As the next song begins, Rend Collective’s Build Your Kingdom Here, a favorite of mine, I stand up to tell Jordan I can hold down the fort for a few minutes while he joins in the worship-through-song, but when I get behind the desk and begin to speak this invitation, we are interrupted by a woman with a blanket moving as if floating in front of us.
Build Your kingdom here
Let the darkness fear
Show Your mighty hand
Heal our streets and land
I look at Jordan and he says quietly, “She is high and stealing things—petty things—but still causing problems with others, and will not stay out of the emergency shelter, she keeps coming back in…do I call the police?” I ponder that for a moment, “What’s her name?” Jordan nods and answers with all seriousness, “Nannete Fertilityhope”…and -sitting-tumbling-man attempts to stand.
Set Your church on fire
Win this nation back
Change the atmosphere
Build Your kingdom here
“He needs to go to the hospital. He is sedated by both alcohol and mismanagement on his part of medications.” As Jordan speaks these words, this man is grabbing at things on the desk, the lamp seems to grab his attention, “Yes, that kind of looks like a star wars ship doesn’t it?” Jordan speaks to him. (For the past couple weeks there was a star wars ship that looked oddly like the lamp on the desk, and it did look like he was touching it as if it was the ship…)
Unleash Your kingdom’s power
Reaching the near and far
No force of hell can stop
Your beauty changing hearts
You made us for much more than this
And I want to scream, “Yes! Build Your Kingdom here Lord! These people were made for so much more than this!” And then I chuckle—I think with Jordan—at the absurdity of this whole situation…Robbie enters at that moment with two people looking like donors and comes around the desk and whispers to Jordan and I that there are two people outside smoking marijuana.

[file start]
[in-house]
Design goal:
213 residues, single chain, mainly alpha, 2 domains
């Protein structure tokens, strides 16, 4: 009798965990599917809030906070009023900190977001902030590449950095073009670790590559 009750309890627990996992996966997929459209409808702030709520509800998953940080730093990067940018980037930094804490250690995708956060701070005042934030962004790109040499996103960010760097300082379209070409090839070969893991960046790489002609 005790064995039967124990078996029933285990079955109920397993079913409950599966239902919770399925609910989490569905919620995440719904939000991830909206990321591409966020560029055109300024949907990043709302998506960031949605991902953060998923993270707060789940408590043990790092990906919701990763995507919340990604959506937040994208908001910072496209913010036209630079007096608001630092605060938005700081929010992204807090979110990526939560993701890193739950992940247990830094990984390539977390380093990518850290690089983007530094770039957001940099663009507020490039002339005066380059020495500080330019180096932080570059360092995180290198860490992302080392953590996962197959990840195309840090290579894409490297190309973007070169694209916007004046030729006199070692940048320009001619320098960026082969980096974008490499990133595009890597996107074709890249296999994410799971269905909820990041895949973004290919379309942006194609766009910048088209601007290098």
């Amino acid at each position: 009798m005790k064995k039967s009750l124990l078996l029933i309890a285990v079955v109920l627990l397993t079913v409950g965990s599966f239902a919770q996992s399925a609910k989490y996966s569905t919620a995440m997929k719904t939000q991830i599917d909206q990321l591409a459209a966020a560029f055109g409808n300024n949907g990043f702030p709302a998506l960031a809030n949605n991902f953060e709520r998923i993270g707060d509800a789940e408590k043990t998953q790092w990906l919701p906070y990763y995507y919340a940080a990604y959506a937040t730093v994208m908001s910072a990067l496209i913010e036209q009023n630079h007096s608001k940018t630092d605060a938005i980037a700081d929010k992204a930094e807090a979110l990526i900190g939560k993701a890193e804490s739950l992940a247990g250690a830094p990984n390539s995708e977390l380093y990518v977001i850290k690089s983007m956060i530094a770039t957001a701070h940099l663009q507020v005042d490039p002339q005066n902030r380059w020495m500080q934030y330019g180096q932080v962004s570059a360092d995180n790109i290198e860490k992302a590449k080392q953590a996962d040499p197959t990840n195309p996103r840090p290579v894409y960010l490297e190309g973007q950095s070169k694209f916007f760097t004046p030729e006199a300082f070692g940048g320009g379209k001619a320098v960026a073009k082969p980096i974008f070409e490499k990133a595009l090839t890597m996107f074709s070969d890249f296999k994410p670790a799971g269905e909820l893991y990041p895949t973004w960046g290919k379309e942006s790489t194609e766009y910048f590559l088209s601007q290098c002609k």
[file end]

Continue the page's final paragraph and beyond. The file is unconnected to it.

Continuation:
Awake the kingdom seed in us
Fill us with the strength and love of Christ
We are Your church
Oh, and we are the hope
Rochelle stands up from worship to receive a donation, Jordan goes outside to talk with the pot-smoking-people, and I try to encourage the tenuous-tumbling-made-for-more-than-this-man to sit back down—slowly—into his chair. And I look around—at this place, at this strange inviting of the sacred into the chaos at the emergency shelter, and consider the words…”we are Your church…we are the hope…” Even as my heart is skeptical, I, at the same time, remember Jesus’ ministry to the crowds and the correlation a past devotional sharer mentioned about the connection with shelter work.
Incarnational ministry. Christ in me. The Sacred in me. Me, a broken, unlikely vessel for the Sacred to be poured out in the midst of this chaos. And I wonder if we could have this background worship music as our anthem here, inviting, constantly, the Sacred to infuse this near-death-chaos with life, with breath. And I wonder about this infusing of the chaos with the Sacred, and about the messiness of it, and the mysteriousness of His ways being so different than ours. It is this Sacred breaking in, this Kingdom Coming, this Life Infusing, that we get to be a part of, that we get to invite more of. This is our oxygen, our sustaining Power, our Life in the midst of near-death-chaos.
(All views expressed in this blog are solely those of myself, Bridget. I do not speak for my family, my workplace, my church, my denomination, or for God. Names and identifying features of people in the stories of this blog have been changed to protect their privacy and confidentiality.)